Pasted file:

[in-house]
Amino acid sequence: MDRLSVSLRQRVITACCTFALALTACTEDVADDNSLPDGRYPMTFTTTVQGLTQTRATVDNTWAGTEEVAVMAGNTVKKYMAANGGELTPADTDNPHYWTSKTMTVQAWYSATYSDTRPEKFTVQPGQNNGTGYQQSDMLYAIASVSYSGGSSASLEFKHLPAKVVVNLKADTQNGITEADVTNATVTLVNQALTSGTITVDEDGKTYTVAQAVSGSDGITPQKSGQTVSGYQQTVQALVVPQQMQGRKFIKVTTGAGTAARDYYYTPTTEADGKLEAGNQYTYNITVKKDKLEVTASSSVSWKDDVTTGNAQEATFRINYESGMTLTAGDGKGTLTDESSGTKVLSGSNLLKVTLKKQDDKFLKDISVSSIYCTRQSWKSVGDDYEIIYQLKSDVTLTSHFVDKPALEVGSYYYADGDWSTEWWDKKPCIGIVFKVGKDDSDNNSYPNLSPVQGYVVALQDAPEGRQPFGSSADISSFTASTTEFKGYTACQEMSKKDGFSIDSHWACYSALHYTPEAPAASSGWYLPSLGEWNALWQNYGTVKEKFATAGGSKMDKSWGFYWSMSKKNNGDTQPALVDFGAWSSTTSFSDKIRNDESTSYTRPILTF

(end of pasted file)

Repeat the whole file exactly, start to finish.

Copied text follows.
[in-house]
Amino acid sequence: MDRLSVSLRQRVITACCTFALALTACTEDVADDNSLPDGRYPMTFTTTVQGLTQTRATVDNTWAGTEEVAVMAGNTVKKYMAANGGELTPADTDNPHYWTSKTMTVQAWYSATYSDTRPEKFTVQPGQNNGTGYQQSDMLYAIASVSYSGGSSASLEFKHLPAKVVVNLKADTQNGITEADVTNATVTLVNQALTSGTITVDEDGKTYTVAQAVSGSDGITPQKSGQTVSGYQQTVQALVVPQQMQGRKFIKVTTGAGTAARDYYYTPTTEADGKLEAGNQYTYNITVKKDKLEVTASSSVSWKDDVTTGNAQEATFRINYESGMTLTAGDGKGTLTDESSGTKVLSGSNLLKVTLKKQDDKFLKDISVSSIYCTRQSWKSVGDDYEIIYQLKSDVTLTSHFVDKPALEVGSYYYADGDWSTEWWDKKPCIGIVFKVGKDDSDNNSYPNLSPVQGYVVALQDAPEGRQPFGSSADISSFTASTTEFKGYTACQEMSKKDGFSIDSHWACYSALHYTPEAPAASSGWYLPSLGEWNALWQNYGTVKEKFATAGGSKMDKSWGFYWSMSKKNNGDTQPALVDFGAWSSTTSFSDKIRNDESTSYTRPILTF